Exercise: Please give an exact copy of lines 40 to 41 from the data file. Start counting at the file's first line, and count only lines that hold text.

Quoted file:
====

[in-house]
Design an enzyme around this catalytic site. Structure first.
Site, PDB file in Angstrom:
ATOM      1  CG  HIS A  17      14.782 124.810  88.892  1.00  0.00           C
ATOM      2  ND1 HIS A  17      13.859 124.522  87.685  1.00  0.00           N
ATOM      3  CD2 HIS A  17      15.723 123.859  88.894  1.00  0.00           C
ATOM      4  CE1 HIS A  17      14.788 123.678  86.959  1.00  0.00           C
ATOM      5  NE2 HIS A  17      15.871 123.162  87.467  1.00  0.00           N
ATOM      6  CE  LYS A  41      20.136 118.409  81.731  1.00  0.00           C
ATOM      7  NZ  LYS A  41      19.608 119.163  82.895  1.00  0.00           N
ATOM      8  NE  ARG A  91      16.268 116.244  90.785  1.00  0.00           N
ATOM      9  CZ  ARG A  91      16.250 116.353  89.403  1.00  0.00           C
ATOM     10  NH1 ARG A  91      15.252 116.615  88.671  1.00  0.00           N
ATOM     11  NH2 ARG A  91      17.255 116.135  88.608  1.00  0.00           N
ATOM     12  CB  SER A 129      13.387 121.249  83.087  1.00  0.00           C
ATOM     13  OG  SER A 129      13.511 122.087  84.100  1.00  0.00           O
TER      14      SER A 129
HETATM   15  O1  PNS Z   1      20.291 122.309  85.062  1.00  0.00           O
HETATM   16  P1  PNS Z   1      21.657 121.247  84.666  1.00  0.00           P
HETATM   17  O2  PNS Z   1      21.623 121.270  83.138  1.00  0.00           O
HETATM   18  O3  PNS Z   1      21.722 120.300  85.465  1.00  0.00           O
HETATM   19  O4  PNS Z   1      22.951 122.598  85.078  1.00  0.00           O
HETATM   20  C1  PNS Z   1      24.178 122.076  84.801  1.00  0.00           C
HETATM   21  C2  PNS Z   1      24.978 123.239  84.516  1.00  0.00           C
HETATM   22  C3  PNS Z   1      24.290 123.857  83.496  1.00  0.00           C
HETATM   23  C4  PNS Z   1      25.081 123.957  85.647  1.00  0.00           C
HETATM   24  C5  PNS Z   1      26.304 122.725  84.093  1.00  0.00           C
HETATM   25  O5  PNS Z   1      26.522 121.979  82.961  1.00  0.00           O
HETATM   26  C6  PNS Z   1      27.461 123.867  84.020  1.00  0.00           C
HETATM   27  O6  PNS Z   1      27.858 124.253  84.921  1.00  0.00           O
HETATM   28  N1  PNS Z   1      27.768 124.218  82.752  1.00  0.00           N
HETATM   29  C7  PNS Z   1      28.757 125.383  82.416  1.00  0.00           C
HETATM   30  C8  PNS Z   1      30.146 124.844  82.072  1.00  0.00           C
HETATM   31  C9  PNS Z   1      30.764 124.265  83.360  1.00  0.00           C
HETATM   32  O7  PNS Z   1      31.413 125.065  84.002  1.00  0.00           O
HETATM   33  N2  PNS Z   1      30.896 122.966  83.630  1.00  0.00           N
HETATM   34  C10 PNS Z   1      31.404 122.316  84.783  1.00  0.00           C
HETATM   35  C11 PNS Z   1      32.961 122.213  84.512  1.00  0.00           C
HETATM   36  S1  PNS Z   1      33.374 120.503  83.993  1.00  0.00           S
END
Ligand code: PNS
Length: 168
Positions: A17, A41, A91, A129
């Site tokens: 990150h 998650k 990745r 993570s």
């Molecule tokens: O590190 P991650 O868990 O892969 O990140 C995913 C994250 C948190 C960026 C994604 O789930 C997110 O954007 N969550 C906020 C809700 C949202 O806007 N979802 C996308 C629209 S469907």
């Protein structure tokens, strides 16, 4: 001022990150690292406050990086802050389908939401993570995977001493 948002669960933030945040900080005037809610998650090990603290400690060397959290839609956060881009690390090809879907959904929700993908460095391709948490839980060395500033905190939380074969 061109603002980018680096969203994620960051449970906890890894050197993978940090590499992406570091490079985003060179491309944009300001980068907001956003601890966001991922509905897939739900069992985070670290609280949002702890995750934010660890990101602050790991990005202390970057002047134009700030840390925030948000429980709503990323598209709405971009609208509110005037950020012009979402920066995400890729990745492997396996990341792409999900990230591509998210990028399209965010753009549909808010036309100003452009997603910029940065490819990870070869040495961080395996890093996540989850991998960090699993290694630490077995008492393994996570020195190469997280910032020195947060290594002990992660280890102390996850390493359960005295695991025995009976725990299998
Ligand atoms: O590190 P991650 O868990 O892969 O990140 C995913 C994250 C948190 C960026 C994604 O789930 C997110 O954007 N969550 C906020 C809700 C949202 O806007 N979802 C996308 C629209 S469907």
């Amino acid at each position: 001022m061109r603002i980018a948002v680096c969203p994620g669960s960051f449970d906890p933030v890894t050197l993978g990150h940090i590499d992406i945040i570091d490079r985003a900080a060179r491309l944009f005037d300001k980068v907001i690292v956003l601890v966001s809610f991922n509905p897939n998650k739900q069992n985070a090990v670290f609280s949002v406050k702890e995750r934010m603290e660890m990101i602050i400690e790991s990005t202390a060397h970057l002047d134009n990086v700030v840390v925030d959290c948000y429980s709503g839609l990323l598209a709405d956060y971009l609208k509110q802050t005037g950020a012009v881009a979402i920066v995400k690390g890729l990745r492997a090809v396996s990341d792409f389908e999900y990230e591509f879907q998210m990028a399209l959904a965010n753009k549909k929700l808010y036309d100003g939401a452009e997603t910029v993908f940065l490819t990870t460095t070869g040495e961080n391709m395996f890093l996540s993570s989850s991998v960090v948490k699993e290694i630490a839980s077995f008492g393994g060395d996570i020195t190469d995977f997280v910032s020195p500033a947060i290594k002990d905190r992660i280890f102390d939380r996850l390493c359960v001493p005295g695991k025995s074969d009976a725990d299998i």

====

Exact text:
END
Ligand code: PNS